Furthermore, this threat is something that readers can feel and respond to as well; it facilitates a sense of community and connectedness in the face of these tragic scenes of mother-child separation as a result of the epidemic. More importantly, it places African Americans within the bounds of this sympathetic community, not outside of it (which was what was partly implied in Carey’s writings to which Allen and Jones were responding). Such a framing of the emotional and sympathetic actions of African Americans forms an implicit argument against slavery, which becomes explicit in the addendums included at the end of the Narrative. It is interesting to see how the rhetoric and tropes of sentimental literature, which would become so prominent in nineteenth-century anti-slavery texts, are put to such effective use in Allen’s and Jones’s Narrative, and filtered through the experience of diseased bodies.

Intertwining of Nature and Culture in Jefferson’s Notes on the State of Virginia

In Notes on the State of Virginia, Jefferson writes in Query VI:

The bees have generally extended themselves into the country, a little in advance of the white settlers. The Indians therefore call them the white man’s fly, and consider their approach as indicating the approach of the settlements of the whites. (79)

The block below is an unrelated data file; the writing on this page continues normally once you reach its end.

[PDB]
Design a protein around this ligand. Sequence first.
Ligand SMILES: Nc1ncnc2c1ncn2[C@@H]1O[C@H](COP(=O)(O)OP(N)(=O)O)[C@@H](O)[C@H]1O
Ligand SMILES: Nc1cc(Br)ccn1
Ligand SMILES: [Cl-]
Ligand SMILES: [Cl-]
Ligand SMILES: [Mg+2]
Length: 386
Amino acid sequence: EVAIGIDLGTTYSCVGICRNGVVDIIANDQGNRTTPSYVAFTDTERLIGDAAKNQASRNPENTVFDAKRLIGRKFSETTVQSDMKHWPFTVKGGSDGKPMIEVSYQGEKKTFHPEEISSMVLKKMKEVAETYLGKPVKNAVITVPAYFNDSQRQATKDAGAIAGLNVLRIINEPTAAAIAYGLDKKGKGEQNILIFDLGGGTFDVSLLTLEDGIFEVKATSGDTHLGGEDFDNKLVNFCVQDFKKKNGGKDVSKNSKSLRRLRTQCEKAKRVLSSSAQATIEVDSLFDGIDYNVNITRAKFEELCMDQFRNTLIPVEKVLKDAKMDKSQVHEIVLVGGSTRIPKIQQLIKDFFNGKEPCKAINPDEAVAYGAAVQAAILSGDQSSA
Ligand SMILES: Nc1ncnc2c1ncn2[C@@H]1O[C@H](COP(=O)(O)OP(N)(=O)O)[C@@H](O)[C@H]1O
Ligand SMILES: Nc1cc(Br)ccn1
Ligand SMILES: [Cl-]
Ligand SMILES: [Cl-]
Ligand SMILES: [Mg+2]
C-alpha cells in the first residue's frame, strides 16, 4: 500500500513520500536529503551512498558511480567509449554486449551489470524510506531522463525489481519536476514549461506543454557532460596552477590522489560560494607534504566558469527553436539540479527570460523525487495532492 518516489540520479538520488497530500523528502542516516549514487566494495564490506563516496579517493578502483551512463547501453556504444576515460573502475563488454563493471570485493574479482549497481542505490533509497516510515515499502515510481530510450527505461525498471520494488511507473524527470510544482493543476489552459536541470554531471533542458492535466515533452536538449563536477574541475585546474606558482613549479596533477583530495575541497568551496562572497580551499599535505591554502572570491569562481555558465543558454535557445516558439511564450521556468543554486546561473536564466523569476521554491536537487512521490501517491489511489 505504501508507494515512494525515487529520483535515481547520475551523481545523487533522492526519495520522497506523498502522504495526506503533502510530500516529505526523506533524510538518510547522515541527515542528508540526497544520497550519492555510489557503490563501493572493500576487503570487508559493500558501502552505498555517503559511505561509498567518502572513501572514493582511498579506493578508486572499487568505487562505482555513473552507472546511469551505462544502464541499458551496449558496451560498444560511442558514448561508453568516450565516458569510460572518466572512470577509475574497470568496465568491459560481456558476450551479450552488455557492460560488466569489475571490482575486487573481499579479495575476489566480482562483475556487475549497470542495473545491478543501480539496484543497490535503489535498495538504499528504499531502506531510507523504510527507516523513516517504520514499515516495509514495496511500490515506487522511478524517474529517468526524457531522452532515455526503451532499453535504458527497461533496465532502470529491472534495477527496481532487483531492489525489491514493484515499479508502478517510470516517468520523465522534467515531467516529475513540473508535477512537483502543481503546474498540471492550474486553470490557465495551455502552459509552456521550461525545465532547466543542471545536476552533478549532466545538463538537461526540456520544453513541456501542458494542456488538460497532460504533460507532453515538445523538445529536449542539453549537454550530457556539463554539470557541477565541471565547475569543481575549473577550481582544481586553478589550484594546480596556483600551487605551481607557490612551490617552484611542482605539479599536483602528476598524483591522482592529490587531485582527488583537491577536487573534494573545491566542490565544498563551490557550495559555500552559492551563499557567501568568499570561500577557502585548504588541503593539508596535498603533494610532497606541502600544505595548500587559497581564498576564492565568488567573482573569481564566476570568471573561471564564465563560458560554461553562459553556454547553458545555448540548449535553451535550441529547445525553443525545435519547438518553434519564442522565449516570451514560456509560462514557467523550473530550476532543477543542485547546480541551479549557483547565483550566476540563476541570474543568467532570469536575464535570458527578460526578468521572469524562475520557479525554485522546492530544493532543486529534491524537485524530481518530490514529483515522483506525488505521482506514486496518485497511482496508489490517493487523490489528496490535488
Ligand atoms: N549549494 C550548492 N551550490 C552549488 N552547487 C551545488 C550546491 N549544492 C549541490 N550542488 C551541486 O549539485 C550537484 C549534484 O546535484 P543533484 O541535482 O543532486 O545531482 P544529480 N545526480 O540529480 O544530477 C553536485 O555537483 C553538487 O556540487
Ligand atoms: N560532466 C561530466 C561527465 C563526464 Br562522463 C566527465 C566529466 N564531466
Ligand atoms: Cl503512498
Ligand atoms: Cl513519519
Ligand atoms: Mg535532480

This knowledge of how bees and white settlers are linked necessarily changes how we read James’s love of bees in Letters from an American Farmer. Crevecoeur (writing as James) talks at length about his fascination with bees. His fondness for and identification with the bees demonstrates one way in which the American agrarian ideal rests on a perceived harmony between humans (read white Europeans) and the nonhuman world. James and his bees, however, also signify an invasive colonial presence that disrupts the existing ecosystem and its native inhabitants (both human and non human). The bees become harbingers of change, both ecological and social. They attest to the reality that it is impossible to entirely separate humans from nonhuman nature, and this inseparability can prove both advantageous and detrimental. Similarly, Jefferson’s Notes presents us with a several examples of how natural and cultural forces intersect and work in tandem to shape his idea of American identity. Two of these most salient examples are Jefferson’s discussions of animals in Query VI and African slaves in Query XIV.

Jefferson’s discussion of animals in Query VI is fascinating because he takes a seemingly trivial argument about which continent has bigger animals and invests it with national importance by attaching it to an assertion of national identity and progress. Early in this discussion, Jefferson, when wrestling with the distinctions between elephants and mammoths, argues that there exist innate and immutable differences between species:

When the Creator has therefore separated their nature as far as the extent of the scale of animal life allowed to this planet would permit, it seems perverse to declare it the same, from a partial resemblance of their tusks and bones. But to whatever animal we ascribe these remains, it is certain such a one has existed in America, and that it has been the largest of all terrestrial beings. (47)